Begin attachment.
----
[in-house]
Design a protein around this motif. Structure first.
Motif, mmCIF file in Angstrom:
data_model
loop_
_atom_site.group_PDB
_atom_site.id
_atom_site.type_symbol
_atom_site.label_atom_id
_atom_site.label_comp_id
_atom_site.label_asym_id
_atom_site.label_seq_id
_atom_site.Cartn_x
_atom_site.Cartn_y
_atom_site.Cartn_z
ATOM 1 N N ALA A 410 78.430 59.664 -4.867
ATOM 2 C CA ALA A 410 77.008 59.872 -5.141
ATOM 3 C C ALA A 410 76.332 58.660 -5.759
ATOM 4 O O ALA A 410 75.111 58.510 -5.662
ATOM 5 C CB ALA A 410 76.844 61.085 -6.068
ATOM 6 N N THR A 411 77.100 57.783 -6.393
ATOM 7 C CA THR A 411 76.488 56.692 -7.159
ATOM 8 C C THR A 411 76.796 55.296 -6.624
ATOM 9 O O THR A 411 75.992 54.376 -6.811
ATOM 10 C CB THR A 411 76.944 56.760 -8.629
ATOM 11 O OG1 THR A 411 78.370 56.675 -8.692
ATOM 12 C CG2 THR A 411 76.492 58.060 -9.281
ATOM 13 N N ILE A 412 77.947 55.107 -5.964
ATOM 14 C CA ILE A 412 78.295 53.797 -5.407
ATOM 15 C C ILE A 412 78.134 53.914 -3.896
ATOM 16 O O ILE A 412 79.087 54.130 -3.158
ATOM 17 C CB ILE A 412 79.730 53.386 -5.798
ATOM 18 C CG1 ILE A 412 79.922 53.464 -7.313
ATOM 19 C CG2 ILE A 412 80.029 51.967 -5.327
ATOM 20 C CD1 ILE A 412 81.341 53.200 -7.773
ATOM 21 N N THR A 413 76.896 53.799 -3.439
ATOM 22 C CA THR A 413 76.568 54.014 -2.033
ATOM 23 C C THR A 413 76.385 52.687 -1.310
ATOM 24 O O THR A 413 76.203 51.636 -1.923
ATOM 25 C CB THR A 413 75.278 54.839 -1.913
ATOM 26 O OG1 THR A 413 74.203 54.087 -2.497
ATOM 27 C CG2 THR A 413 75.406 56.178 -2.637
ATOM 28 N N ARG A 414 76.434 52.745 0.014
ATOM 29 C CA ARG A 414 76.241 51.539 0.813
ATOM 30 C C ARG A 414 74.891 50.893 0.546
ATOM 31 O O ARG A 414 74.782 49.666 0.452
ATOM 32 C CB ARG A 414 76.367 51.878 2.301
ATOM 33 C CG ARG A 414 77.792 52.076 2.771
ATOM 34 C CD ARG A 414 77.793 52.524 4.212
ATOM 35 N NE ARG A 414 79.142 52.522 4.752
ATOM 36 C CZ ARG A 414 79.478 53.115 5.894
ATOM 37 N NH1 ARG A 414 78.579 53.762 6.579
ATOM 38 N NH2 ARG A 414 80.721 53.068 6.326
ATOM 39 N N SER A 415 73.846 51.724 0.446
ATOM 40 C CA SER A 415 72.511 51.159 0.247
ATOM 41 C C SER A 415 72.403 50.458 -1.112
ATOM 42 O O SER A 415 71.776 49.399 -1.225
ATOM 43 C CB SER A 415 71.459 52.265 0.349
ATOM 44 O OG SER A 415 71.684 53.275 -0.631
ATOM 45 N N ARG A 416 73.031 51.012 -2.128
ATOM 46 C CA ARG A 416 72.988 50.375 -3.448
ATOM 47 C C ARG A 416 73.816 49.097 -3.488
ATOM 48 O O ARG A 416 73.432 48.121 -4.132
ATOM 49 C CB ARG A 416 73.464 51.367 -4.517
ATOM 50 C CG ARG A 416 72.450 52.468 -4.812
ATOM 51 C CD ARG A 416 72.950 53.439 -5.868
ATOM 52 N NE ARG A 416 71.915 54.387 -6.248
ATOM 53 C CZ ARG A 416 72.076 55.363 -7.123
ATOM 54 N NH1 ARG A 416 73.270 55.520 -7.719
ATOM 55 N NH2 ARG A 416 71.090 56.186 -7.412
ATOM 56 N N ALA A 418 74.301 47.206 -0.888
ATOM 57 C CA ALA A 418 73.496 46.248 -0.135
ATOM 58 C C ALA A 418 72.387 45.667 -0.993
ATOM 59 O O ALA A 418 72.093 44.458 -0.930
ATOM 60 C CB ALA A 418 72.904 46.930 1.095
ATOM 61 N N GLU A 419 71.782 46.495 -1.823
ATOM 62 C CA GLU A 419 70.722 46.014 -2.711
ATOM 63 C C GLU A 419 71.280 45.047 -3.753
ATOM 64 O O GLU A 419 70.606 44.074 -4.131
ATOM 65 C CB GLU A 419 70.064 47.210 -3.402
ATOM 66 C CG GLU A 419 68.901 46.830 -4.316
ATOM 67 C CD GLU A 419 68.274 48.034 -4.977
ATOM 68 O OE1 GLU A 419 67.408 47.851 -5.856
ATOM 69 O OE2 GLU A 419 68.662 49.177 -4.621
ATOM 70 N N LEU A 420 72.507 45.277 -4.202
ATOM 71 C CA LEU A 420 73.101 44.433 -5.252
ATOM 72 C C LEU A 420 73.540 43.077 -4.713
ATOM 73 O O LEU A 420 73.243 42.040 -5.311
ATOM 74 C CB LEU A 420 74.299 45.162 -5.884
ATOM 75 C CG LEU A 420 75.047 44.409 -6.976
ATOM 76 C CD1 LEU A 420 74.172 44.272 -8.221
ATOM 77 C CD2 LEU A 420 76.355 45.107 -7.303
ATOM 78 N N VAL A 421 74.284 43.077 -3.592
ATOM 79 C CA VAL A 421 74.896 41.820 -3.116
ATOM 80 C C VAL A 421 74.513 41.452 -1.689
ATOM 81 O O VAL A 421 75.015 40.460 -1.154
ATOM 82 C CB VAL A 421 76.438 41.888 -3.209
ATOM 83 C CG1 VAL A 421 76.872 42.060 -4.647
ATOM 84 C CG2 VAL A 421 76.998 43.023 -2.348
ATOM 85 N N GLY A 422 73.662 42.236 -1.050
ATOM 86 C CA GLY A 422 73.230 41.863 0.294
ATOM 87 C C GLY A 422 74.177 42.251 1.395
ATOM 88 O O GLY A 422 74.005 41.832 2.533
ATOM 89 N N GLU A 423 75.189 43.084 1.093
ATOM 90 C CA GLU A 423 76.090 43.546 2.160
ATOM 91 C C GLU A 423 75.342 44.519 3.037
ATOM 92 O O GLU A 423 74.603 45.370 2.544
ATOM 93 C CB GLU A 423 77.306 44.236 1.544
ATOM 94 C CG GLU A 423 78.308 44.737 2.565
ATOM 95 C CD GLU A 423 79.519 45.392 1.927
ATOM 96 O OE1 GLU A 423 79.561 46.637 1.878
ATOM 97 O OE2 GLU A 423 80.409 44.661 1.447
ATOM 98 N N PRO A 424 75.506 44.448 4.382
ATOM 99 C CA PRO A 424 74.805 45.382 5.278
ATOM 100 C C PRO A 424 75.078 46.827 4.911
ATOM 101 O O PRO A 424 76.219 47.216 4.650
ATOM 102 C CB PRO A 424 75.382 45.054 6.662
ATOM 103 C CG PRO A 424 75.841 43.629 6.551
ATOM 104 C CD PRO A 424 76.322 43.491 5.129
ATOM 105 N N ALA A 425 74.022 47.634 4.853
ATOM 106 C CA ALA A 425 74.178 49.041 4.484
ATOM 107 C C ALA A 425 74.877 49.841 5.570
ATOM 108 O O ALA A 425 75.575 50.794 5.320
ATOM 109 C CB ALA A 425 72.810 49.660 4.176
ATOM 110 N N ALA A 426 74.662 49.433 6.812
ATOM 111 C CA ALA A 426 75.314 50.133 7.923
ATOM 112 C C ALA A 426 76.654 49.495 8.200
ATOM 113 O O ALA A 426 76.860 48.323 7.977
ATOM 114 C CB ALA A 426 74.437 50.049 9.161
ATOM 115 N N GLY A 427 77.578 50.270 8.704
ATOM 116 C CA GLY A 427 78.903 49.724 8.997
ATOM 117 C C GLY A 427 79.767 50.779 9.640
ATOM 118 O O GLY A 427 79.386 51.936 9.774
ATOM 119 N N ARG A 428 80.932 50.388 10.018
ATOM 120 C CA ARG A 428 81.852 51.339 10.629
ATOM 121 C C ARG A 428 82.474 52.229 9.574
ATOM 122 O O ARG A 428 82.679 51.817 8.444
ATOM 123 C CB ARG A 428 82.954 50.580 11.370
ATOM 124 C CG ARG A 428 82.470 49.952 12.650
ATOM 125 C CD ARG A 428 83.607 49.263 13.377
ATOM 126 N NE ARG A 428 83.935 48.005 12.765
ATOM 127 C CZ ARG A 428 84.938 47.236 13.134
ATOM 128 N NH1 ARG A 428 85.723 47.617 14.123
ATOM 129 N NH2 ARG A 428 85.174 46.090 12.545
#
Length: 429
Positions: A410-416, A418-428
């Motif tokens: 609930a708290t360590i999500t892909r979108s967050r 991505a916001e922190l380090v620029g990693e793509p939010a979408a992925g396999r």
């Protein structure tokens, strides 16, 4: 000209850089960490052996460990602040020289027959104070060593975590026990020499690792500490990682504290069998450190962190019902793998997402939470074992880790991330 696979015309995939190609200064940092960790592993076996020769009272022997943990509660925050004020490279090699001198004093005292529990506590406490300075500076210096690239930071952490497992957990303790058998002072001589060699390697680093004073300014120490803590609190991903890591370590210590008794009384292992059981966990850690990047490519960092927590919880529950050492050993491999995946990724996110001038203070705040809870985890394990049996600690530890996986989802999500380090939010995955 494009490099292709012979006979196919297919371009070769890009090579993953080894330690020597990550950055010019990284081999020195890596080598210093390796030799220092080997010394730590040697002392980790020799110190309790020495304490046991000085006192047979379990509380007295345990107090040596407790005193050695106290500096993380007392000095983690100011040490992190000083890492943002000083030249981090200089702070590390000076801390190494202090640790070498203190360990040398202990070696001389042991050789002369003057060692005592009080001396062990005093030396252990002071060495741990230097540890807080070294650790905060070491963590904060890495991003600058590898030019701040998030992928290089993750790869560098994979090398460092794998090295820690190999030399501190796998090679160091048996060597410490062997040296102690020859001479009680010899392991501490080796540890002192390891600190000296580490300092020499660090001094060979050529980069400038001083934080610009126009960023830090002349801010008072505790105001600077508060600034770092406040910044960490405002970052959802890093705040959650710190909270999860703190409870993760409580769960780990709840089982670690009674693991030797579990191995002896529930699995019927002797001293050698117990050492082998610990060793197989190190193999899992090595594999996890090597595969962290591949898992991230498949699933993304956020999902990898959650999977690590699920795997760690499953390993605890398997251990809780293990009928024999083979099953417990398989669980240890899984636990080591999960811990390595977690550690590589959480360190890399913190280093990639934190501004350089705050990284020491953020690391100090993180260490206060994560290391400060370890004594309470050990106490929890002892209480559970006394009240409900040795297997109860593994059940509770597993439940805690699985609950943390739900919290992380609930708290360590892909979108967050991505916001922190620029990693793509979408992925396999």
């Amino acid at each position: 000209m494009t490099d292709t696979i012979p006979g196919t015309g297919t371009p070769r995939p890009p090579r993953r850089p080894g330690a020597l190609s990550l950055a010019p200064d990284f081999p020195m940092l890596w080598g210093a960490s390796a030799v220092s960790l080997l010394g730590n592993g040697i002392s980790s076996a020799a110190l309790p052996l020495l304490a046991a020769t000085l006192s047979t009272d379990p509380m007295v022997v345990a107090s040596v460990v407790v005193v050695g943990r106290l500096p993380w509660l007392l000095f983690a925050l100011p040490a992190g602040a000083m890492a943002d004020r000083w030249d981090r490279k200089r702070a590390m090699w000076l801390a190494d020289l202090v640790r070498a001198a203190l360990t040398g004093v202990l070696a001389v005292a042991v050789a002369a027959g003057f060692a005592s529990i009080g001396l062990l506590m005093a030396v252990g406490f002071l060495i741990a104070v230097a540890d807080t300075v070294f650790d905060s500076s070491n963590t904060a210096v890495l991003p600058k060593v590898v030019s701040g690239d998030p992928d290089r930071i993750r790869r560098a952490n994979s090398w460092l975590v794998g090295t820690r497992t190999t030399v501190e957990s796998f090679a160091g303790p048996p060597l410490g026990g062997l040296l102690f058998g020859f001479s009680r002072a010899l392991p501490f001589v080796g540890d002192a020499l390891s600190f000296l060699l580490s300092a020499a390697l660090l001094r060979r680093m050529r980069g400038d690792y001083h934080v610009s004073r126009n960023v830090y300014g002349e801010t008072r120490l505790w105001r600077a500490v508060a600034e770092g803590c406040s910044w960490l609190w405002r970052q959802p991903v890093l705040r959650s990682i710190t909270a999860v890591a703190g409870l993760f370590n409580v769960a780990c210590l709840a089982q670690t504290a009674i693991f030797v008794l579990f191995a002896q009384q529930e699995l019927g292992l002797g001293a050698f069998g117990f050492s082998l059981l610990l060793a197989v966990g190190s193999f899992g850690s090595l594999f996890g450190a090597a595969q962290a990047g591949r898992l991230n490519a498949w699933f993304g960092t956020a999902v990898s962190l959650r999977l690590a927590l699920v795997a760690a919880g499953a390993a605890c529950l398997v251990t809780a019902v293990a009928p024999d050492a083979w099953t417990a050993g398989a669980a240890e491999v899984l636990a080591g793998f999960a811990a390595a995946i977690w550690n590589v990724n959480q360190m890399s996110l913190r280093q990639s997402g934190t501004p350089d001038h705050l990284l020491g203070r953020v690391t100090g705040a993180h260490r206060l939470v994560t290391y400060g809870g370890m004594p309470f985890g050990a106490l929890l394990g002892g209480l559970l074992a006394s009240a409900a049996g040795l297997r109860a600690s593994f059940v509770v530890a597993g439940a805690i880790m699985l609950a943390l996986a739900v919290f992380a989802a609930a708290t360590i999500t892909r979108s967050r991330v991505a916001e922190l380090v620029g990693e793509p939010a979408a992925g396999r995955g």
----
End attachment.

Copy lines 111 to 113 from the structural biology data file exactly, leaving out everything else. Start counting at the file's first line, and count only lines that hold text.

ATOM 96 O OE1 GLU A 423 79.561 46.637 1.878
ATOM 97 O OE2 GLU A 423 80.409 44.661 1.447
ATOM 98 N N PRO A 424 75.506 44.448 4.382